Mechanism of urine formation in kidneys

  • Urine is a watery solution in human body that consists of many waste products like urea, uric acid, bile pigments etc.
  • In ureotelic organisms, the chief nitrogenous end product is urea that is formed in the liver.
  • Urea reaches in kidneys through blood circulation and excreted in the form of urine. Formation of urine completes in 3 steps:

1. Glomerular filtration or ultra-filtration:

  • The renal artery after entering the kidney through hilum branches into smaller vessels called arterioles.
  • The diameter of the afferent arteriole entering the glomerulus is greater than that of the efferent arteriole leaving it.
  • Due to this difference in diameter of arterioles, the blood in the glomerulus is relatively under great pressure known as hydrostatic pressure.
  • A capillary hydrostatic pressure of about 55 mmHg builds up in the glomerulus which is opposed by the osmotic pressure of the blood (about 30 mmHg), provided mainly by plasma proteins and by filtrate hydrostatic pressure of about 15 mmHg in the Bowman’s capsule.
  • The net filtration pressure is: 55-(30 +15) = 10mmHg.
  • The walls of glomerulus and Bowman’s capsule are extremely thin, permeable and in close contact.
  • Most of the constituents of blood (glucose, amino acids, vitamins, hormones, electrolytes, ions urea, uric acids, creatinine) in afferent arteriole, except the plasma proteins, and blood cells are filtered into the cavity of the capsule forming nephric filtrate or glomerular filtrate.
  • This mechanism is called pressure filtration or ultra-filtration, which is purely a physical process.
  • The volume of filtrate formed by both kidneys each minute is called the glomerular filtration rate (GFR) which is about 125 ml/min in a healthy individual, i.e. 180 litres of filtrate is formed by two kidneys each day.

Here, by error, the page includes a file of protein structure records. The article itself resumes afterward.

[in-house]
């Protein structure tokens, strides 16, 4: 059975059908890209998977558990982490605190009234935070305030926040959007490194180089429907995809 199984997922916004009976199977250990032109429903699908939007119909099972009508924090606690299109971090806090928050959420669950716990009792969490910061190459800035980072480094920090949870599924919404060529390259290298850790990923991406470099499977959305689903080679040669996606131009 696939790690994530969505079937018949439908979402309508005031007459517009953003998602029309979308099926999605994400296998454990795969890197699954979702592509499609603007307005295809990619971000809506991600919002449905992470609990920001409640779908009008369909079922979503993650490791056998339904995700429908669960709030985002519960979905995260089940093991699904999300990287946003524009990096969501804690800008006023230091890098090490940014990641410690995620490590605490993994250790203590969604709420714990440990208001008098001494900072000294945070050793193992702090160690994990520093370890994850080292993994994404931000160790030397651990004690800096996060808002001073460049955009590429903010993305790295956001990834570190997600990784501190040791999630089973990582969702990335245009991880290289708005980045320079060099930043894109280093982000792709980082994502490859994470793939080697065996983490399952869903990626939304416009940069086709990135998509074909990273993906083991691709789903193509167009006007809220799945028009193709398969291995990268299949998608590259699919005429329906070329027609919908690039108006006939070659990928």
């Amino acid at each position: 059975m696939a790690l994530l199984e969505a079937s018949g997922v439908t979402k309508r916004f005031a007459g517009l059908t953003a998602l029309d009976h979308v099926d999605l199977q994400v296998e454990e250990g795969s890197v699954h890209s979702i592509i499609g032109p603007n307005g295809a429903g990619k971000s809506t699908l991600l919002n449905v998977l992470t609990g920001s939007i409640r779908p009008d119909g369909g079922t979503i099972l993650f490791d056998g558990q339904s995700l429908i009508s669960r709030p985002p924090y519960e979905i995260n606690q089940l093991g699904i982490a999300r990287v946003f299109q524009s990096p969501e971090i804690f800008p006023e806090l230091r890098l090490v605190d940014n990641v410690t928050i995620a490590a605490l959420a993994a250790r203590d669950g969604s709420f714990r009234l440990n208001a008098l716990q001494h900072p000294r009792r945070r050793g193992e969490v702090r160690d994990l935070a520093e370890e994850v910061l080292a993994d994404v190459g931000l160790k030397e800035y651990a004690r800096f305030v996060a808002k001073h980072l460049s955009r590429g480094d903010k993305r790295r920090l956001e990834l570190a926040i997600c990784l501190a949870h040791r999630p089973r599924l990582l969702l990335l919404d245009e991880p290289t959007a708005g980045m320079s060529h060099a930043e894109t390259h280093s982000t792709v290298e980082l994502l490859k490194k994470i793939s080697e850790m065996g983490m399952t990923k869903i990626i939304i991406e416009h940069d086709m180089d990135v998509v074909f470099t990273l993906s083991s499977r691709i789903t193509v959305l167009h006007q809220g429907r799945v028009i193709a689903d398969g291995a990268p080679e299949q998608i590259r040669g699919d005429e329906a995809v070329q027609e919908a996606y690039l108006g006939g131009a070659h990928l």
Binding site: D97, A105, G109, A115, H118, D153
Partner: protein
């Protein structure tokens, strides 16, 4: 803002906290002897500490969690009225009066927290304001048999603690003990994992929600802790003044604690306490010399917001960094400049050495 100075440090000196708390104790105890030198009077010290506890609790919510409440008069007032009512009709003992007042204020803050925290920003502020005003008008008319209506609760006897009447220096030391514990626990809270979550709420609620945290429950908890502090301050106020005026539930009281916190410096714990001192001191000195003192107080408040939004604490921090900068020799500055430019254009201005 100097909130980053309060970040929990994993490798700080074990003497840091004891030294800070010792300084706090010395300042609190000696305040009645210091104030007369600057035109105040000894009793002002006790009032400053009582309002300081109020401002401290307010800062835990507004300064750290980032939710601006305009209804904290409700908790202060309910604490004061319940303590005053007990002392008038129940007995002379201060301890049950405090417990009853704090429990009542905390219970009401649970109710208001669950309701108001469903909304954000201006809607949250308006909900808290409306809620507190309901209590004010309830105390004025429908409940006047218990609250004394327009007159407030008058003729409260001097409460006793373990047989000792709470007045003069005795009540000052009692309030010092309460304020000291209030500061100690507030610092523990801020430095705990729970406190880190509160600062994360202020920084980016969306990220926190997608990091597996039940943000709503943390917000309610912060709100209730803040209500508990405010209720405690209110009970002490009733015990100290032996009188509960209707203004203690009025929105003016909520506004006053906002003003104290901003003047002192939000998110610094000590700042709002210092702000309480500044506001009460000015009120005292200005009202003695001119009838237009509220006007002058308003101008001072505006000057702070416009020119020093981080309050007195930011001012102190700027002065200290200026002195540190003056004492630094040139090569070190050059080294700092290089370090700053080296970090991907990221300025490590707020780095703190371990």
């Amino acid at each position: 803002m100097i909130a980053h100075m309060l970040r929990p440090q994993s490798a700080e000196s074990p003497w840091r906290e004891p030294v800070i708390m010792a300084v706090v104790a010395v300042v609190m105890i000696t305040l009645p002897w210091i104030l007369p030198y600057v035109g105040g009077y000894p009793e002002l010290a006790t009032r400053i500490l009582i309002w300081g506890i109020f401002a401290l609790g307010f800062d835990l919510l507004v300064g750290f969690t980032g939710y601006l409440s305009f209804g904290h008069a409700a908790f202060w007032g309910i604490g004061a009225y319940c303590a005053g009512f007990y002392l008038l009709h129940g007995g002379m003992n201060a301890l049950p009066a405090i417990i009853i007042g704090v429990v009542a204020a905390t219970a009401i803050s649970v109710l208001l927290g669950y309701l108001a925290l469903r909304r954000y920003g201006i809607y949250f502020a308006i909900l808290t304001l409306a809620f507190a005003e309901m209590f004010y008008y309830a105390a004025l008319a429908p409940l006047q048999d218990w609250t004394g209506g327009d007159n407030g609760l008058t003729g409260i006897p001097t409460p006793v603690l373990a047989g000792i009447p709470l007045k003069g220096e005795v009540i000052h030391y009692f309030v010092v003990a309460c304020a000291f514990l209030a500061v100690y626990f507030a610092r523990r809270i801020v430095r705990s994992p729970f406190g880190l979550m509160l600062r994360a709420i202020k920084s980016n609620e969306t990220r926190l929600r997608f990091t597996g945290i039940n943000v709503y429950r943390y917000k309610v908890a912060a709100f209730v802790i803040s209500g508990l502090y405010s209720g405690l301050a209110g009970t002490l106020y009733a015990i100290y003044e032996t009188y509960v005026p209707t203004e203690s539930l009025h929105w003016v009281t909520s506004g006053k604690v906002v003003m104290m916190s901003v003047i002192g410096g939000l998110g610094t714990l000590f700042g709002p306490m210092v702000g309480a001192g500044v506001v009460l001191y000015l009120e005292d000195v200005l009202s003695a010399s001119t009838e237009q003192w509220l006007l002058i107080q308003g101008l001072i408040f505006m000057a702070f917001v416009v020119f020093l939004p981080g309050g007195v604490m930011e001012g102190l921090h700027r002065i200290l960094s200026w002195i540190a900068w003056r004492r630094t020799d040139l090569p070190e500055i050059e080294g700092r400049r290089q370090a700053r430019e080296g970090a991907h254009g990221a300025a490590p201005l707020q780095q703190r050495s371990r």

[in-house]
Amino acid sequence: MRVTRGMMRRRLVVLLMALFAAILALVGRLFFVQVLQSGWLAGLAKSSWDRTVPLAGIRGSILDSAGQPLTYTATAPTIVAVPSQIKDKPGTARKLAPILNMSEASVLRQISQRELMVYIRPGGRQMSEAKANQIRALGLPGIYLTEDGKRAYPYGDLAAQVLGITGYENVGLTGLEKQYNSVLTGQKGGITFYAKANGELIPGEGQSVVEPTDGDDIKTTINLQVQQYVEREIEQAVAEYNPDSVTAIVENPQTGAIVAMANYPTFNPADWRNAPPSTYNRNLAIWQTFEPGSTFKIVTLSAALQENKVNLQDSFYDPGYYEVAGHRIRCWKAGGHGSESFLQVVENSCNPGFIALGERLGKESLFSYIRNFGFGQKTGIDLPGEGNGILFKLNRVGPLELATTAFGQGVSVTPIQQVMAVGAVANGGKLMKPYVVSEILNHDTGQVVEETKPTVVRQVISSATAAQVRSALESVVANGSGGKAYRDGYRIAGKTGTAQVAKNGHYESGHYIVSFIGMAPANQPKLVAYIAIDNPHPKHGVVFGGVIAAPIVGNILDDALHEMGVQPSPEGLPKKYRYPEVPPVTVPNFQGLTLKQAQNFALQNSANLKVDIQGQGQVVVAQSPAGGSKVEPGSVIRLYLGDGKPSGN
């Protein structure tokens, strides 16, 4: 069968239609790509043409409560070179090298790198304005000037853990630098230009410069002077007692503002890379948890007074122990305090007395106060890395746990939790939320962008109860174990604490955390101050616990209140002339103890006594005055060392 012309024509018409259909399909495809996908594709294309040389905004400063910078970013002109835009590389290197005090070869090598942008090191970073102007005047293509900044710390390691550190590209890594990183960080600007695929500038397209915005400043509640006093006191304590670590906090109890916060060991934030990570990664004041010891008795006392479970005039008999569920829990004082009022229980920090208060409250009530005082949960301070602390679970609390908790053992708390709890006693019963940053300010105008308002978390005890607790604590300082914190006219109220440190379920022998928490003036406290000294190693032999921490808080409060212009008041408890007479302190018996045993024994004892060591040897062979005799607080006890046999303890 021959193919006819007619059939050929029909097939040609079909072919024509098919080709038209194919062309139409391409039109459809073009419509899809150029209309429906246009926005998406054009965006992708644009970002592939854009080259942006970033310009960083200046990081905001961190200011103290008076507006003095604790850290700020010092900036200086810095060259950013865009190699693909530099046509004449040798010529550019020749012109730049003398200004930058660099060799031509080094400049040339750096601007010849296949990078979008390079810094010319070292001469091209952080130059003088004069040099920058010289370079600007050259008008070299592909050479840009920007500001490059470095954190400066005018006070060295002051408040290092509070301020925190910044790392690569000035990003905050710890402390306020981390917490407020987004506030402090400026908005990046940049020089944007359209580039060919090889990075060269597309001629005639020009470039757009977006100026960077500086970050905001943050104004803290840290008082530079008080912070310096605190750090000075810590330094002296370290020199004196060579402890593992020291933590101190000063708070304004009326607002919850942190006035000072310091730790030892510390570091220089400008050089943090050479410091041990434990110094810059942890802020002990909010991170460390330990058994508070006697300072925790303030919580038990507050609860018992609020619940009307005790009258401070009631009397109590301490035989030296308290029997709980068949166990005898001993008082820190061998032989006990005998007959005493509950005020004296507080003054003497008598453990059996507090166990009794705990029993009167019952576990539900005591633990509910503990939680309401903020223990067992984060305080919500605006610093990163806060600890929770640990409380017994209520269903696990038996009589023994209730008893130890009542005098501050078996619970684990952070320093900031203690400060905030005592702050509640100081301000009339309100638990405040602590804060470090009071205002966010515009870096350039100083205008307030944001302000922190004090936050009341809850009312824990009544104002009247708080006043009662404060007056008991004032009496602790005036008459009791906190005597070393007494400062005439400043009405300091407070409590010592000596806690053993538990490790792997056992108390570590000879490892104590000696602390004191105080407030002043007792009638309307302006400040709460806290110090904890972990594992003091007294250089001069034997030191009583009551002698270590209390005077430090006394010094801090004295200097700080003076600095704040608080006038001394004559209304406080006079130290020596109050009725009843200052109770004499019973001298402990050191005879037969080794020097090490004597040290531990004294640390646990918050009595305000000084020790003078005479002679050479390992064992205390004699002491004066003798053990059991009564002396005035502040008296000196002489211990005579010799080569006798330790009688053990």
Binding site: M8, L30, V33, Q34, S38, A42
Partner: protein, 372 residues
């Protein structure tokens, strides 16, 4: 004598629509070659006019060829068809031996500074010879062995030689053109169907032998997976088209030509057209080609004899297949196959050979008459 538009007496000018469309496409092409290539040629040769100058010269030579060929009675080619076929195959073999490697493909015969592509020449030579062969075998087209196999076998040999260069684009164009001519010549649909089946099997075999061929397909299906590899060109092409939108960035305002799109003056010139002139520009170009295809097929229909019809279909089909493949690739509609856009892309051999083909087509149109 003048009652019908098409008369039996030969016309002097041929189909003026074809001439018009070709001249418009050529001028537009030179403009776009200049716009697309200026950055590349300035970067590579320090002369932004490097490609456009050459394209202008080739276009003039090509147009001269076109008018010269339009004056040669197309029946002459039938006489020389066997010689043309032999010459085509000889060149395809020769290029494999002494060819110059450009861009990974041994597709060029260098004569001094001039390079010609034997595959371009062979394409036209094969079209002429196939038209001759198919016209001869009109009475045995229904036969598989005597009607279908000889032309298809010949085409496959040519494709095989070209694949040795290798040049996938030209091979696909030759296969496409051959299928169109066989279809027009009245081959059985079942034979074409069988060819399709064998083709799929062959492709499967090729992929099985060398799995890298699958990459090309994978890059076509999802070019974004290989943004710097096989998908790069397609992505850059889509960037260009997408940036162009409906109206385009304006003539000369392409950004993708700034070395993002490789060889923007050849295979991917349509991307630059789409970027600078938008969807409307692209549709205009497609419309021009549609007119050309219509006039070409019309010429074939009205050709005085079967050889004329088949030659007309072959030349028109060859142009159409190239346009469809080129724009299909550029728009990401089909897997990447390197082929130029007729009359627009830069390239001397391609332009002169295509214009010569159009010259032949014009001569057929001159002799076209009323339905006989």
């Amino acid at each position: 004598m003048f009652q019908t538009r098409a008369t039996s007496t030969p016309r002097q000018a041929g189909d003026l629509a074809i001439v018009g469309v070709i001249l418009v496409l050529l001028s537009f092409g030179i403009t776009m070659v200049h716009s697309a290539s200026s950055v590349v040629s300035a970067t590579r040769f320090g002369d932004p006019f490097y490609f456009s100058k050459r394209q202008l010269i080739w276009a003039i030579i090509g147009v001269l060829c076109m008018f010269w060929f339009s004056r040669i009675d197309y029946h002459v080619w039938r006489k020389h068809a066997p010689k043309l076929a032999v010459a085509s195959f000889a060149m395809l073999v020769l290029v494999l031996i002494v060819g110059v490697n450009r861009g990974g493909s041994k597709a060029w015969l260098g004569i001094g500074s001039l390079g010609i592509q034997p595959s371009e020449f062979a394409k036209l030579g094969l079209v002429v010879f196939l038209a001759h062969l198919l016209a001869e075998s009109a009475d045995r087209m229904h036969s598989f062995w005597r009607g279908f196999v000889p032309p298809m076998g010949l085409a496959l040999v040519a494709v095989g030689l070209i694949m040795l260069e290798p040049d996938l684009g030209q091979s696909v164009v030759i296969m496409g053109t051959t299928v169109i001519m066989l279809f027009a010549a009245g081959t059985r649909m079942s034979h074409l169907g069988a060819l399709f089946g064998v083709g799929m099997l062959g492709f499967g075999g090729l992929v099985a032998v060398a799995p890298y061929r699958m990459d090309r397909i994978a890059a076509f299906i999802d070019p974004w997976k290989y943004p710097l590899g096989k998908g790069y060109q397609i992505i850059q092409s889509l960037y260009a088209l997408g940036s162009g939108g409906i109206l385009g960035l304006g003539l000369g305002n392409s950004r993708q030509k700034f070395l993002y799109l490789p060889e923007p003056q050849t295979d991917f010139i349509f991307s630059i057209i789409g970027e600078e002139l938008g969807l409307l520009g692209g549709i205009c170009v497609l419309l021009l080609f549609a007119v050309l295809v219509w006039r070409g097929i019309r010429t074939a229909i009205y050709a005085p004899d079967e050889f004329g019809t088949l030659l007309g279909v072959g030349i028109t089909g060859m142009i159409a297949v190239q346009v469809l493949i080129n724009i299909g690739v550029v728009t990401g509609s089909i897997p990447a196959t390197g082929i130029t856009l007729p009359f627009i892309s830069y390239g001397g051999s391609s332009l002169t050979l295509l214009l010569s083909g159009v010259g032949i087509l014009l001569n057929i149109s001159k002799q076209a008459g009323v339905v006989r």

2. Selective reabsorption:

  • The ultra-filtrate contains many useful substances like water, electrolytes and organic nutrients such as glucose, amino acids, vitamins, hormones etc.
  • As the filtrate passes down the extremely long uriniferous tubule due to ciliary action, many selected substances are taken back into the blood of the capillary network called vasa recta surrounding the tubules.
  • In mammals, all the glucose, amino acids and some urea are reabsorbed in the proximal convoluted tubule (PCT).
  • Sodium chloride and bicarbonate ions are reabsorbed in both the proximal and distal convoluted tubules (DCT).
  • 80% of water, useful particles and the remaining salts are reabsorbed through the PCT and loop of Henle.
  • Reabsorption of some substances like urea and water is passive i.e. by passive diffusion, while some substances like amino acids, sugar, salts etc. are actively taken up by the tubular cells and secreted into the capillary blood against a concentration gradient called active transport.
                                                  Mechanism of urine formation

3. Tubular secretion:

  • Tubular secretion takes place from the blood in the peritubular capillaries into the glomerular filtrate in the renal tubules and can ensure that wastes such as creatinine, urea, ammonia or excess H+ or excess K+ ions are actively secreted into the filtrate to be excreted.
  • Tubular secretion of hydrogen ions (H+) is very important in maintaining normal blood pH.
  • It also contains urochrome (uroblin), a pigment derived from the breakdown of haemoglobin, which imparts yellow color to urine.
  • The final tubular filtrate (urine) thus formed is hypertonic and comes into the collecting duct and is collected into urinary bladder after passing through ureters.

The process of time to time collection and removal of urine from urinary bladder through urethra is known as micturition. Collection of more than 300ml of urine in urinary bladder creates pressure on its wall and stimulates the desire for urination.

Mechanism of urine formation in kidneys